Raspberries are fairly care-free plants to grow in your garden. For most of us, the main challenges of growing these brambles are keeping them under control (some varieties spread like crazy!) and protecting our berry harvest from birds and other animals. But if you notice that the tips of some of the branches have died back or look wilted, or the foliage is turning red well before fall and entire canes are wilting, you very likely have a borer problem. The three most common raspberry insect pests are raspberry cane borers, red-necked cane borers, and raspberry crown borers.
Raspberry Cane Borer
If you're seeing just the tips of some of your raspberry canes wilting, you're dealing with the raspberry cane borer. Raspberry cane borer is a small (1/2-inch), black long-horned beetle. It has yellow stripes on its wing covers and a yellow thorax with two black dots on it.
The female beetles create a double row of holes a few inches below the leaf tips in spring, and they lay their eggs in those holes. In late spring to early summer, the larvae hatch and start burrowing their way down to the roots, where they will overwinter and start the whole cycle again the following spring. In the first year, you'll see the wilting cane tips from the punctures the adults made as well as the damage the borer is causing as it makes its way down the cane. The following year, if the borer has made its way all the way to the roots, the cane will likely die back.
To get rid of raspberry cane borers, keep an eye out for wilted tips. Once you see them, prune back any wilted tips, cutting the cane 6 inches below where the wilting stops. Likely, the section you've removed contains the troublesome larvae as well. Destroy (don't compost!) any tips you've pruned out. Keep an eye out the following spring for any additional wilting tips, and prune them out as well.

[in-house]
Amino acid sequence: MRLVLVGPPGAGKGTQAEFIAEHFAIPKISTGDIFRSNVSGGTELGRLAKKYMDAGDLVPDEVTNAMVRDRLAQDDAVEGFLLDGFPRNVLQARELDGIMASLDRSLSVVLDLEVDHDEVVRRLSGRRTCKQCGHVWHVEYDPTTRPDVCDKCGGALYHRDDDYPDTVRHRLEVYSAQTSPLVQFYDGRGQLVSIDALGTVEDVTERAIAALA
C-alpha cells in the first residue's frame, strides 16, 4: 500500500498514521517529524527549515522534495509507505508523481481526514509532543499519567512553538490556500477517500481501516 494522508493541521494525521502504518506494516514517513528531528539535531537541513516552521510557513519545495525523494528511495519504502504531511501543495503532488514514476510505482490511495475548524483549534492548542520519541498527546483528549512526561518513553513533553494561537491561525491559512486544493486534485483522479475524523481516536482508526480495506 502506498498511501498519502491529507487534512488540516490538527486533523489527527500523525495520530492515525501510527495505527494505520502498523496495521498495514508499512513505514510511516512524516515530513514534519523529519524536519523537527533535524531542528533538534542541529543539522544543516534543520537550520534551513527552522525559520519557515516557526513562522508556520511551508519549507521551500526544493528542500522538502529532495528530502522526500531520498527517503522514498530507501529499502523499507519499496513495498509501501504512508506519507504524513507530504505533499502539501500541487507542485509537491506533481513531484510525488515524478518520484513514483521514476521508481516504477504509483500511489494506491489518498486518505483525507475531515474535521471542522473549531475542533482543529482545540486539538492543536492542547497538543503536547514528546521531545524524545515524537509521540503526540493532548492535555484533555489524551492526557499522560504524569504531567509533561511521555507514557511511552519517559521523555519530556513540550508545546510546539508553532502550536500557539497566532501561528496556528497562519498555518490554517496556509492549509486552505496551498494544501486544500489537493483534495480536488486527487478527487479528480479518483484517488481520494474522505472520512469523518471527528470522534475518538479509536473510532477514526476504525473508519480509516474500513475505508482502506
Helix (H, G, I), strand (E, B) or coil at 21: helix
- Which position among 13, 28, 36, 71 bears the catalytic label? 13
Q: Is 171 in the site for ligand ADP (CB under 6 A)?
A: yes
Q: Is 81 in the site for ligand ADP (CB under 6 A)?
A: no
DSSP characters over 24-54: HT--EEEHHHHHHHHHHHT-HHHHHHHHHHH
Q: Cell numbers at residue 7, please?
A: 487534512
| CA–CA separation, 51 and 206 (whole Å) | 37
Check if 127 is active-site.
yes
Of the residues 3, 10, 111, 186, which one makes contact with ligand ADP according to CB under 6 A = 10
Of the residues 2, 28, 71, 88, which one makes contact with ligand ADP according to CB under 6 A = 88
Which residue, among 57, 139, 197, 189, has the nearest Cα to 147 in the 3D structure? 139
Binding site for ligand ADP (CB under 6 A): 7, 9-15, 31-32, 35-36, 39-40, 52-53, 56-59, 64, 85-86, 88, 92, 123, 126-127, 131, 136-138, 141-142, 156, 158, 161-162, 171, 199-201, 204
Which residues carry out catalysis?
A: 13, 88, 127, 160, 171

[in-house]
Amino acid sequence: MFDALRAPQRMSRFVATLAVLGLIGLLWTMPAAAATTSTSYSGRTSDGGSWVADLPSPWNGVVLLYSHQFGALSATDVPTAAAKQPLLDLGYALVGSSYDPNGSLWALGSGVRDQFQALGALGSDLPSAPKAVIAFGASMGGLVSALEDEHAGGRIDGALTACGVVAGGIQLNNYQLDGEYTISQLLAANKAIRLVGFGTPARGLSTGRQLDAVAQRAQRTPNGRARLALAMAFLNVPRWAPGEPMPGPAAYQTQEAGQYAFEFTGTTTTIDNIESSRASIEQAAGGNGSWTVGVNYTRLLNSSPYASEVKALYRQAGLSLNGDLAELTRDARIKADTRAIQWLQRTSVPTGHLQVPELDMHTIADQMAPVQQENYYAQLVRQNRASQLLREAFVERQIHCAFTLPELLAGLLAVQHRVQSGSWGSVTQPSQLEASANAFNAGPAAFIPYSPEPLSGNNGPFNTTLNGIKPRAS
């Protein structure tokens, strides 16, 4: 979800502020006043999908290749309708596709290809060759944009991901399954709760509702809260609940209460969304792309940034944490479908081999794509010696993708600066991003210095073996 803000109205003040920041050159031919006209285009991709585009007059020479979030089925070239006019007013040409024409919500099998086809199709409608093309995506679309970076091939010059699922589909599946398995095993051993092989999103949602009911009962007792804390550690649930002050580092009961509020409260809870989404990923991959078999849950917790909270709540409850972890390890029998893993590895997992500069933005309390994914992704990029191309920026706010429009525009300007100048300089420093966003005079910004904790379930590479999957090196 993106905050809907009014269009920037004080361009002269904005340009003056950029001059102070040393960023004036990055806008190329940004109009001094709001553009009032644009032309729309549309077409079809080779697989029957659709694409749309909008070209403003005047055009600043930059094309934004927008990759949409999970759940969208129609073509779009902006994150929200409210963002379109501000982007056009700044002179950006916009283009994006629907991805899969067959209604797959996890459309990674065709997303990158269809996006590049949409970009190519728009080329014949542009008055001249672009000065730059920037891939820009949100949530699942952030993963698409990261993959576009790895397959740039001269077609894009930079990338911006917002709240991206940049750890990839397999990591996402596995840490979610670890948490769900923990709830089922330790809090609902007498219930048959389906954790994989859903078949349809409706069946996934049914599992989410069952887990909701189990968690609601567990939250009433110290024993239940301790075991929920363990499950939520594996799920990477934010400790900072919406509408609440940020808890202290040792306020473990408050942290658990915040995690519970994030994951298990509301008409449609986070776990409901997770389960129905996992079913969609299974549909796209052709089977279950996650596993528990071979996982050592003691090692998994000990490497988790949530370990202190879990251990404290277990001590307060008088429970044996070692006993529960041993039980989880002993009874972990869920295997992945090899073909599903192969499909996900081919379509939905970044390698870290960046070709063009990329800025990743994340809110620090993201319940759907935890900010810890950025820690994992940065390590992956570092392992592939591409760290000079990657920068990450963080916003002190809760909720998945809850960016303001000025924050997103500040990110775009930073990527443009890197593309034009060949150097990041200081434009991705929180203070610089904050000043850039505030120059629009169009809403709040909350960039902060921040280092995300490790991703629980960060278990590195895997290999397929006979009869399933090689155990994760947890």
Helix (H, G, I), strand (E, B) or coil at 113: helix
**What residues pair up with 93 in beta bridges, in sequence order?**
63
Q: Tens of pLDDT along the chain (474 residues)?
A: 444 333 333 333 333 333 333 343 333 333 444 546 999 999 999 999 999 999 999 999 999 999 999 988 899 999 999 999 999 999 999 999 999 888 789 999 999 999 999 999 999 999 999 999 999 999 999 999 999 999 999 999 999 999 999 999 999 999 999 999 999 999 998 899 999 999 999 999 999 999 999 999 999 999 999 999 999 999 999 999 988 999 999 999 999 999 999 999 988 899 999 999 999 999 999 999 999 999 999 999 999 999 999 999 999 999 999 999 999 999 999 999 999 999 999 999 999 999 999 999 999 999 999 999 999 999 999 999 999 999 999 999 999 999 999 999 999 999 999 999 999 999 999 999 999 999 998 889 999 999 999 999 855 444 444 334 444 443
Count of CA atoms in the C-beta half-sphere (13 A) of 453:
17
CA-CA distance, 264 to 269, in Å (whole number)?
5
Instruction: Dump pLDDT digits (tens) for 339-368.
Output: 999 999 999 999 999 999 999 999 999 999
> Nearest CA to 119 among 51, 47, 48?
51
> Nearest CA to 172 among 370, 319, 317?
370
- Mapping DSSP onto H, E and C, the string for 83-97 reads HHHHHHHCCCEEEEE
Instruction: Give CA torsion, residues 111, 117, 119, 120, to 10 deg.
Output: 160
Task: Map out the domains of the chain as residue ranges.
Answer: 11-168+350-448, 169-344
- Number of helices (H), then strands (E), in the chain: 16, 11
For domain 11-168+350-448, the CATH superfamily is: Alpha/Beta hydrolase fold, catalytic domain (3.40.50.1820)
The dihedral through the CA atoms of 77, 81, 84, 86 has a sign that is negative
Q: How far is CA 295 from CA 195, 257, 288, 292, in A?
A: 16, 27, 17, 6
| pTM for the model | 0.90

If you're noticing random swollen areas along the canes of your raspberry plants, you're dealing with red-necked borers. The red-necked borer is a bluish-black wood-boring beetle. The coppery-red area just behind its head gives this pest its name. Adult females lay their eggs in the bark of raspberry canes in late May through early June. Upon hatching, the whitish larvae bore their way deeper into the cane, where they overwinter. This causes the branch to swell about a half inch or so in diameter, and for a few inches along the length of the cane. The cane might die or just break off at this weakened, swollen point.
To get rid of red-necked borers, cut out and destroy any canes with signs of swelling during fall and winter. Don't compost the canes; throw them in the trash instead.
Raspberry Crown Borer
If the leaves on your raspberry bushes are turning red prematurely, or entire canes are wilting, you're dealing with raspberry crown borers. The adult raspberry crown borer, which is a clear-winged moth that resembles a black and yellow wasp, lays its eggs on the underside of raspberry leaves in late summer. In early fall, the eggs hatch, and the larvae make their way to the soil, where they begin to feed on the roots. The pupate in the crown of the plants hatch the following spring.
To get rid of raspberry crown borers, remove affected canes at the crown and destroy them. However, if upon inspection you see that the whitish larvae are already in the crown, the only thing you can do is dig up and destroy (don't compost) your plants.
We hope these tips help you identify your raspberry pests. Regular observation of your plants is the best prevention against these pests causing too much damage.